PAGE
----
“Seventh grade I now lovingly refer to as ‘the year of the thighs.’ The year I learned to hate my body. It was the year I cried every single morning about how big my thighs were, about how much I had gained in my butt and in my thighs,” she said.

Today she’s learned to appreciate her body and focus on her health and nutrition while taking moments to splurge and get a side of fries with her salad.

“My best healthy self is when my mental health and my physical health meet in the middle,” Nadeau said. “My own best healthy self is one that I know very strongly what it looks and feels like for me. I don’t have to compare myself to anyone else.”

She was able to test her confidence after her first television appearance on the “Today Show” to promote the campaign, and she realized how many conversations the campaign created on body image and health.

During the launch party for the Real Beauty Campaign, a woman thanked Nadeau and said, “That picture that you just unveiled today is the reason that my daughter is alive.”

Once Nadeau heard the woman’s story of her daughter’s struggle with anorexia, she realized the campaign could help change lives, and her passion for the campaign and cause shifted.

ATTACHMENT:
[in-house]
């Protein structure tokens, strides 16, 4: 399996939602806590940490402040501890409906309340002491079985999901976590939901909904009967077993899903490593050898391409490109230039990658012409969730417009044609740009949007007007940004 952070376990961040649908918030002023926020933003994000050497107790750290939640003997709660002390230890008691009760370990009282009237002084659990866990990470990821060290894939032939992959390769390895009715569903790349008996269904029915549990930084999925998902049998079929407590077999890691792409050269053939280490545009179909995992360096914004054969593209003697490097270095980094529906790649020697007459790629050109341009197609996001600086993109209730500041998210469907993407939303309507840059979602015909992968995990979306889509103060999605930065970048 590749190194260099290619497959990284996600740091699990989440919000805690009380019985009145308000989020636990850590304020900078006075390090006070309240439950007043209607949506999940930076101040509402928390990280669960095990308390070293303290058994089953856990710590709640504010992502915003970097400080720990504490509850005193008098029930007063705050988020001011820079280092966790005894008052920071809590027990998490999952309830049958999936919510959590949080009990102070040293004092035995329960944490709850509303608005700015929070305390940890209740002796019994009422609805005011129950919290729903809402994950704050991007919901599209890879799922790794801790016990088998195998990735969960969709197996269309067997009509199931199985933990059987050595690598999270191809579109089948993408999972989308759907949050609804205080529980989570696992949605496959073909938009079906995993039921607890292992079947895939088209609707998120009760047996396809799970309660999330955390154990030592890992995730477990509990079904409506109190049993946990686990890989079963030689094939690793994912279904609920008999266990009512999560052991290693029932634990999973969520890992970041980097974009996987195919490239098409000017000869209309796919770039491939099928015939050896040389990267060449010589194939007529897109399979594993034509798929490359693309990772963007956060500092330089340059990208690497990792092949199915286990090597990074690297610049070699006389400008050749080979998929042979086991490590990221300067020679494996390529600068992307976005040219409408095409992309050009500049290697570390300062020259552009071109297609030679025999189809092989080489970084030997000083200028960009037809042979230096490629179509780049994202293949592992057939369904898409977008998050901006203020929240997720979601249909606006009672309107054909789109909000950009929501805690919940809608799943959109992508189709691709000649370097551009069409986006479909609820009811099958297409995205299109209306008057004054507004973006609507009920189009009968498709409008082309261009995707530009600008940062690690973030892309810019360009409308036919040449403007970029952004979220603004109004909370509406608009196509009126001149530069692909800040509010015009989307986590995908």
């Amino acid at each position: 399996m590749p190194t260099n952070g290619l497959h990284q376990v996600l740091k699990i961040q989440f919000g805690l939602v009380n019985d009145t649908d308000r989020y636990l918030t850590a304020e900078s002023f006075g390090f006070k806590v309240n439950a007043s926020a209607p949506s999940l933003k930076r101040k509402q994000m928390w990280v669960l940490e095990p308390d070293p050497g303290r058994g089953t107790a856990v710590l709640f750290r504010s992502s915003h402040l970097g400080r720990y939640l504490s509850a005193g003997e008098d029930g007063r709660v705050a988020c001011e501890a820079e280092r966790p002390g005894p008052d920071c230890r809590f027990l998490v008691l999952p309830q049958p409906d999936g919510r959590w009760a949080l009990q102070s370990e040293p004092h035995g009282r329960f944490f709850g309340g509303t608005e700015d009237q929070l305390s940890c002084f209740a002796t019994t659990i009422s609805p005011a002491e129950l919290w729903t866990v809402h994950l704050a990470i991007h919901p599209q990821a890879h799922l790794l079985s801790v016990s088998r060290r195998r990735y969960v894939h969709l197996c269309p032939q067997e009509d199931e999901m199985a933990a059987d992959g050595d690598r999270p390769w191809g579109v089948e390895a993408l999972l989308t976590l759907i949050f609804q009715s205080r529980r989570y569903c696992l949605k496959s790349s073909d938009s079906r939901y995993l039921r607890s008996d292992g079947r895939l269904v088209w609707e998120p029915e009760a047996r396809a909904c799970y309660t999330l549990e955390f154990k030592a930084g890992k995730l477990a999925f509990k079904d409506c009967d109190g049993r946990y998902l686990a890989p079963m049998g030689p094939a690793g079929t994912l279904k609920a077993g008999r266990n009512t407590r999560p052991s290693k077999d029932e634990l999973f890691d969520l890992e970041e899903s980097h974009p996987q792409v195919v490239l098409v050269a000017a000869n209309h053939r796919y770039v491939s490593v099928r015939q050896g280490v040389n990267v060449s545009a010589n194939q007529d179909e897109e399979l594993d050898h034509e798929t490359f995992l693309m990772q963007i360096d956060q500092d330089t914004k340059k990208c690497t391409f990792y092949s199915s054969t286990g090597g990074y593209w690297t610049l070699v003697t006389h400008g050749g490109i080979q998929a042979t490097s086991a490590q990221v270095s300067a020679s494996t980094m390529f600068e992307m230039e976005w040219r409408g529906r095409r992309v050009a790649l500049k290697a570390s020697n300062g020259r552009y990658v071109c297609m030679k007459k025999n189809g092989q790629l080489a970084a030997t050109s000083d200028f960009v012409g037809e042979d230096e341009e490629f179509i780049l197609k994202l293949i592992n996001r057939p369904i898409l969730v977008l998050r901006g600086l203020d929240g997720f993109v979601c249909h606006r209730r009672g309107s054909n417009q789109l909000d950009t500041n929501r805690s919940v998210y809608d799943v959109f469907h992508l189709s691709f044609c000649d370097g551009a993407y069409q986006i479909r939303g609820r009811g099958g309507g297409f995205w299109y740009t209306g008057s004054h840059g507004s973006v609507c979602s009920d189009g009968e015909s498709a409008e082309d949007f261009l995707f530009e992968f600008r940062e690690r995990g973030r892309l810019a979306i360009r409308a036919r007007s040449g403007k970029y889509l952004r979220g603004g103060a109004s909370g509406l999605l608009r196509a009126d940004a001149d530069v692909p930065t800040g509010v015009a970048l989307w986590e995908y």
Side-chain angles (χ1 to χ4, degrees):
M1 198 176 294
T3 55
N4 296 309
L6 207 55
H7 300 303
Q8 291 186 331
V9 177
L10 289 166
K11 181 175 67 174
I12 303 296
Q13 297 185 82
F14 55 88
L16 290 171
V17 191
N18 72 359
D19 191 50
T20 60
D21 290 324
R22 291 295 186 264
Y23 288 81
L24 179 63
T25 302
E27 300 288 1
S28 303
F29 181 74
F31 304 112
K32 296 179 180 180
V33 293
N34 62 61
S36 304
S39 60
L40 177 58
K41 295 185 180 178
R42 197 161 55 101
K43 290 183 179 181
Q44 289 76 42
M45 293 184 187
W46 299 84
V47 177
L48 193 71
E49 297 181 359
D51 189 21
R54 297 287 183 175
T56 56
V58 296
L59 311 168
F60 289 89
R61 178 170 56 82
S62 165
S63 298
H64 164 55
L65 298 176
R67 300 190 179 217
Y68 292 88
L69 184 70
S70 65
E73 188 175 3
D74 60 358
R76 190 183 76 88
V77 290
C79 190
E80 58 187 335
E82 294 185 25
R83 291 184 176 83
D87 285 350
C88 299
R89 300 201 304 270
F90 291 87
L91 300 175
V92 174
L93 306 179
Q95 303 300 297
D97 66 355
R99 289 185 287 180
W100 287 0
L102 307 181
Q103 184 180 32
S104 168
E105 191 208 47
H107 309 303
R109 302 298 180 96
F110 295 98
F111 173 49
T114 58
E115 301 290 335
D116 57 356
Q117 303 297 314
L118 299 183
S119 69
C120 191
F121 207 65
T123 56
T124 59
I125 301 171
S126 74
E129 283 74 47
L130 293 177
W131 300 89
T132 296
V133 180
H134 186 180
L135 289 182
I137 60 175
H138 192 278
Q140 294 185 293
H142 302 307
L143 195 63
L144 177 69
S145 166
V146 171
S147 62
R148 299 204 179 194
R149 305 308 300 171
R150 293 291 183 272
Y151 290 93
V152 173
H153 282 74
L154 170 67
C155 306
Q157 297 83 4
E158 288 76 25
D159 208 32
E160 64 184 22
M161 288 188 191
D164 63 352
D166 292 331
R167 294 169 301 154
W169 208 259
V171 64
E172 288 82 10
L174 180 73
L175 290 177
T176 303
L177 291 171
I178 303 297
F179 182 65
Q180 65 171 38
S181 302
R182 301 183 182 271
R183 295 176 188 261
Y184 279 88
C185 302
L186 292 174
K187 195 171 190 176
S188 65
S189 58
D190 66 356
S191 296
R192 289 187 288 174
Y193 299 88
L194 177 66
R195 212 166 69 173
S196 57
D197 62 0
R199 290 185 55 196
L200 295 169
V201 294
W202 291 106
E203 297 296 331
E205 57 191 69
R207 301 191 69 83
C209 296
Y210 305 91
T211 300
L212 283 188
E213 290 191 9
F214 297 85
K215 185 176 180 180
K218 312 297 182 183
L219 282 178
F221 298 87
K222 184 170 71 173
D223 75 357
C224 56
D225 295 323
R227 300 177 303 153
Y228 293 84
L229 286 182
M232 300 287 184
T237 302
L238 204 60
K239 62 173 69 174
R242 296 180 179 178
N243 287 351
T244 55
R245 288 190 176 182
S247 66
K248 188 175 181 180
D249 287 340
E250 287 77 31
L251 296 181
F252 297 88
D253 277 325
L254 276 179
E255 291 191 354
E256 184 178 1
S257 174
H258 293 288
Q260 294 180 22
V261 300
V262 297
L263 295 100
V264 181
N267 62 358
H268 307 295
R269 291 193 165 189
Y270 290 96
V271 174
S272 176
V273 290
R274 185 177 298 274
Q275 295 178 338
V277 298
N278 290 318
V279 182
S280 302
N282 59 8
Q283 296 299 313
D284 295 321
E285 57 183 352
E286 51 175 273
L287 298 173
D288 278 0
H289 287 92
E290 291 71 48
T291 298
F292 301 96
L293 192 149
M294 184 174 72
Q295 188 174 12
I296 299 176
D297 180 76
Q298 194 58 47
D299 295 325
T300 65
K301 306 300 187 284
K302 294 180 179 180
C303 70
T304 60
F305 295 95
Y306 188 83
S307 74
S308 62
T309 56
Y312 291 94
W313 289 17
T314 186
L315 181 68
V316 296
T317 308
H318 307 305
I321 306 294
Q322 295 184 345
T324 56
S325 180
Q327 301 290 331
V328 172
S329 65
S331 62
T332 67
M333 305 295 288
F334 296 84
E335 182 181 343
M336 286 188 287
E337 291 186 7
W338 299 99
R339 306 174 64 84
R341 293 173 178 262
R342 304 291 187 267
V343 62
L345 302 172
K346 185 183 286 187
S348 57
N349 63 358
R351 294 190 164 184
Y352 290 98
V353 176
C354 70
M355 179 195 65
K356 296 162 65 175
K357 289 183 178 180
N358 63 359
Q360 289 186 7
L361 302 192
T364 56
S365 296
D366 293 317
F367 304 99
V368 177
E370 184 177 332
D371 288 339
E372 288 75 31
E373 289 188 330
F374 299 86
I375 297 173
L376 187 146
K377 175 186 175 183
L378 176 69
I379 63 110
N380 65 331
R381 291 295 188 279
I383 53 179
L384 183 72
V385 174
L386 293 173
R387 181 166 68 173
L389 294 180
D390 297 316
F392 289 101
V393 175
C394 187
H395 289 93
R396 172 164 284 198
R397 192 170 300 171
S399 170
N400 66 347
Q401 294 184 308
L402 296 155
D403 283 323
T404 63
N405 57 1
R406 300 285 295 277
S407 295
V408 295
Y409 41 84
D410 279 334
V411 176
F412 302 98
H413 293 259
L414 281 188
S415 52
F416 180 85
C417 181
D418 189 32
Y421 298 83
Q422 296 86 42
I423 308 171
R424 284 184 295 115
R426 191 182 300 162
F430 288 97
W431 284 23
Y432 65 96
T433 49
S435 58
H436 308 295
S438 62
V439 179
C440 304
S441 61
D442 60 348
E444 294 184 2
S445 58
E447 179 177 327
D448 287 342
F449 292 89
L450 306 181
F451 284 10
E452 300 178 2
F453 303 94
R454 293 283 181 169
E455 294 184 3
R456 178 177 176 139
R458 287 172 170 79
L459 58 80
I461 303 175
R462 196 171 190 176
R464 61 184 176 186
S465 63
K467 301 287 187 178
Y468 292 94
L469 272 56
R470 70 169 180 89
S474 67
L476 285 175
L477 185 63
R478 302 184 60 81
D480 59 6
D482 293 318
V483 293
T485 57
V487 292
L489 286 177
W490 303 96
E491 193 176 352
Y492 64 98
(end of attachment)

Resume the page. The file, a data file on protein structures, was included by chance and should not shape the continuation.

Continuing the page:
“My entire life, career and campaign changed forever,” she said. “This campaign became about changing lives, possibly saving one, [and] encouraging women to feel and remember their worth.”

Nadeau and the other five women in the Dove campaign were proud of their work.

“All I can tell you is that it is a very surreal moment. You have no idea what to do so you stand there and keep snapping photos,” she said.

The media responses the Dove team warned the women about became a reality after a journalist from the Chicago Sun-Times newspaper called the women “fat, ugly and unattractive,” and insisted that “nobody wants to look at the reality, everybody wants to look at the fantasy.”

He also personally attacked Nadeau in his article, but days later issued an apology to all six women and women around the world. This initiated more discussion and gained momentum for the women as their images continued to spread.

Nadeau encourages women to continue pushing the limits of how beauty is portrayed in the media and warns against falling into the trap of filters and unrealistic media images.

She was able to create that reality when she modeled as a size 12 on the cover of Cosmopolitan magazine in 2014, which was the first time anyone over a size two had been on the cover with zero retouching.

Senior Javeion Gray believes the cover was powerful in showing a different perspective of what beauty means.

“The media has the world thinking that you have to be skinny to look good, but it’s really about being confident regardless,” Gray said.

Nadeau urges women to build confidence every day and be a friend to others who need support with their body image as well.

“It is time to build each other up,” she said. “We start owning our health. We take back that confidence and power, and then we start to demand that from the media.”